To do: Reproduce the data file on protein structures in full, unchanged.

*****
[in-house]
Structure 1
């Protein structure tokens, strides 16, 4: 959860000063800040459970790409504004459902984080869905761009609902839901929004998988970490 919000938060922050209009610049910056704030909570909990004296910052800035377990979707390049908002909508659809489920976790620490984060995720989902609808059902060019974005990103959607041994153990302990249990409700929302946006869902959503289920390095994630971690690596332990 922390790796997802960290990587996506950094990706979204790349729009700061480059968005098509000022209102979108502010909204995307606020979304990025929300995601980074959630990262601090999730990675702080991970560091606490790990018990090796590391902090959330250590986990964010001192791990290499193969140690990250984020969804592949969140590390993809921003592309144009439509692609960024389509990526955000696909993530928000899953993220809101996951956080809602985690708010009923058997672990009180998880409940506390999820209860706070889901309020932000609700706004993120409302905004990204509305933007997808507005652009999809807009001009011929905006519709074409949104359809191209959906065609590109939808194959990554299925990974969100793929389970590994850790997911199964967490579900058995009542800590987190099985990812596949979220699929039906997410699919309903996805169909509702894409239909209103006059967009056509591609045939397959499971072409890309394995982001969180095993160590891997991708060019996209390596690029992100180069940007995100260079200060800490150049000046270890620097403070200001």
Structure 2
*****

[in-house]
Structure 1
């Protein structure tokens, strides 16, 4: 959860000063800040459970790409504004459902984080869905761009609902839901929004998988970490 919000938060922050209009610049910056704030909570909990004296910052800035377990979707390049908002909508659809489920976790620490984060995720989902609808059902060019974005990103959607041994153990302990249990409700929302946006869902959503289920390095994630971690690596332990 922390790796997802960290990587996506950094990706979204790349729009700061480059968005098509000022209102979108502010909204995307606020979304990025929300995601980074959630990262601090999730990675702080991970560091606490790990018990090796590391902090959330250590986990964010001192791990290499193969140690990250984020969804592949969140590390993809921003592309144009439509692609960024389509990526955000696909993530928000899953993220809101996951956080809602985690708010009923058997672990009180998880409940506390999820209860706070889901309020932000609700706004993120409302905004990204509305933007997808507005652009999809807009001009011929905006519709074409949104359809191209959906065609590109939808194959990554299925990974969100793929389970590994850790997911199964967490579900058995009542800590987190099985990812596949979220699929039906997410699919309903996805169909509702894409239909209103006059967009056509591609045939397959499971072409890309394995982001969180095993160590891997991708060019996209390596690029992100180069940007995100260079200060800490150049000046270890620097403070200001």
Structure 2